To be fair Kraftwerk were not alone during the Seventies in exploring the expansion of music via the synthetic. Their peers include the likes of fellow Germans such as Tangerine Dream and the “Japanese Kraftwerk” of Yellow Magic Orchestra, Jean-Michel Jarre as well as Giorgio Moroder and Brian Eno.

Yet what advanced Kraftwerk to the head of influences is songcraft and not abandoning a good melody, in this manner Hütter and Schneider were reminiscent of Lennon and McCartney. Just as The Beatles were not the first rock and roll band, nor the first one to write some or most of their own songs, Kraftwerk were not the first of their kind. But as with Lennon and McCartney, Hütter and Schneider were more capable than their peers of constructing indelible melodies which resonated beyond their circumstances.

In other words what they wrote was catchy.

Perhaps for Hütter and Schneider the words were not as important as melody and arrangement. The Beatles were an extension of Tin Pan Alley, Kraftwerk was not at all confined to it or expanding from it. If men wrote songs, machines executed programs. Kraftwerk’s evolution into transhumanism eliminated the guitar, flute and other “real” instruments, yet not the melodies those instruments could produce to delight the ears of listeners. Whether men were playing the machines or had submerged into the matrix uniting man and machine, melody had not been eliminated from the equation. The emerging sounds were novel and evocative of new frontiers, yet were curiously reminiscent of music boxes and celestes from the past. Whatever future Kraftwerk envisioned, they could not conceive of a world minus the consonant pleasure of melody. Even for robots and cyborgs.

Kraftwerk continued after Schneider’s retirement in 2003. Their studio albums subsided but under Hütter’s direction they began to tour the world with more frequency than in past decades. There is no corollary of why Kraftwerk became even more popular and respected after his abscence, yet Hütter became the de facto focus of the group and commonly elevated to the level of genius and legend by critics and the expanding fan base. History rewards participants not those on the sideline. And that Hütter so rarely grants interviews amplifies these claims, regardless of merit.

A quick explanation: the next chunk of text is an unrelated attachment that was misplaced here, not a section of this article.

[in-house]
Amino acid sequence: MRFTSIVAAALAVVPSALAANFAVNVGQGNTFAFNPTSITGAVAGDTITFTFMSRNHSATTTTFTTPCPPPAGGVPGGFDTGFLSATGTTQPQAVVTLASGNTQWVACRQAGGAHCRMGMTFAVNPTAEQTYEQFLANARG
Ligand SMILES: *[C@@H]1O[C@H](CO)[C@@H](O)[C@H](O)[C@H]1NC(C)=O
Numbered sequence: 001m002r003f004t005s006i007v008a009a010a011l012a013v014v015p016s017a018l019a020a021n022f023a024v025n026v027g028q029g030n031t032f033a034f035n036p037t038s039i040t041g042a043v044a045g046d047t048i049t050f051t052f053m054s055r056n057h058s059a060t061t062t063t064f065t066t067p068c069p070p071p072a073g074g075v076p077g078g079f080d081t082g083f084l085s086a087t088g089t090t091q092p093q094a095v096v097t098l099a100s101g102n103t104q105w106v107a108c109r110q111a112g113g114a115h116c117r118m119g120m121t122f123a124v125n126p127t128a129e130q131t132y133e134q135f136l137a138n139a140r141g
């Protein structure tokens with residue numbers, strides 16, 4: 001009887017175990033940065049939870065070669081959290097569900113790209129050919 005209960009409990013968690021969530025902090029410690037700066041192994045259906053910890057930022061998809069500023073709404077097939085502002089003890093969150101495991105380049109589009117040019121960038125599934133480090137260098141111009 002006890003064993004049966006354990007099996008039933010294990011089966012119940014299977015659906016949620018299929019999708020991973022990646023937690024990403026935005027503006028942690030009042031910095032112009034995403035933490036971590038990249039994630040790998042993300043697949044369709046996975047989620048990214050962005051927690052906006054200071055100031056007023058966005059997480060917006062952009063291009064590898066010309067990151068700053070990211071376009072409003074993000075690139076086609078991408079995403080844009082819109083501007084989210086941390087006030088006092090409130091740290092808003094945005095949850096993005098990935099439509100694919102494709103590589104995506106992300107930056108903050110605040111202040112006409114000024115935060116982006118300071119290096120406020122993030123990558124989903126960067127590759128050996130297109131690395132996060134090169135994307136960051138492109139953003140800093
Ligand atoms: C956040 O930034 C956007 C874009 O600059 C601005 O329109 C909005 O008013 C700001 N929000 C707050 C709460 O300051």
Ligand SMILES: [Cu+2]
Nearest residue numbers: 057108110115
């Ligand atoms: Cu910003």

It didn’t help that when Schneider briefly stepped out of retirement to release a pro-conservation single benefitting charity(“Stop Plastic Pollution”) the aesthetic results were not encouraging. No matter how sincere the message, it clunks like a Saturday Night Live parody of a Kraftwerk song, of music from the old “Sprockets” routines, which ridiculed German “stiffness.”

Did it diminish Schneider’s legacy? Probably not, but it added creedence to the faction which believes that Hütter is the one-man band, the voice which always mattered with Kraftwerk.

Honestly I had never heard of the song until after Florian Schneider’s death. After first listen I was saddened and greatly disappointed. I wish he hadn’t released that, I thought to myself, a confirmation of my idea that those who retire should stay retired.

“Stop Plastic Pollution” does not improve when I listen to it again. Yet I am happy to hear it. It’s like a clunky mechanical firefly wobbling through the noir skyline of a Philip J K. Dick dystopia, such as Do Androids Dream of Electric Sheep? It makes me feel like Decker always yearning for some memento of the previous natural world denied to him and others in their near apocalyptic age.

That Schneider released it apparently minus any self-consciousness, without any editorial verve both saddens and amazes me. It’s mediocre, not quite terrible, unintentionally campy. Yet those bleeps and the flatness of his voice are also ghostly reminders that he made better music which I can also return to.

Most great pro athletes rarely exit their game in the most graceful manner. Think Willie Mays. Think Brett Farve. Musical legends are hardly any different. Yet their foibiles reminds us that they too are human, all too human. And maybe their weak exits only makes us appreciate their achievements all the more.

Florian Schneider, thank you for your music and vision. Rest in peace.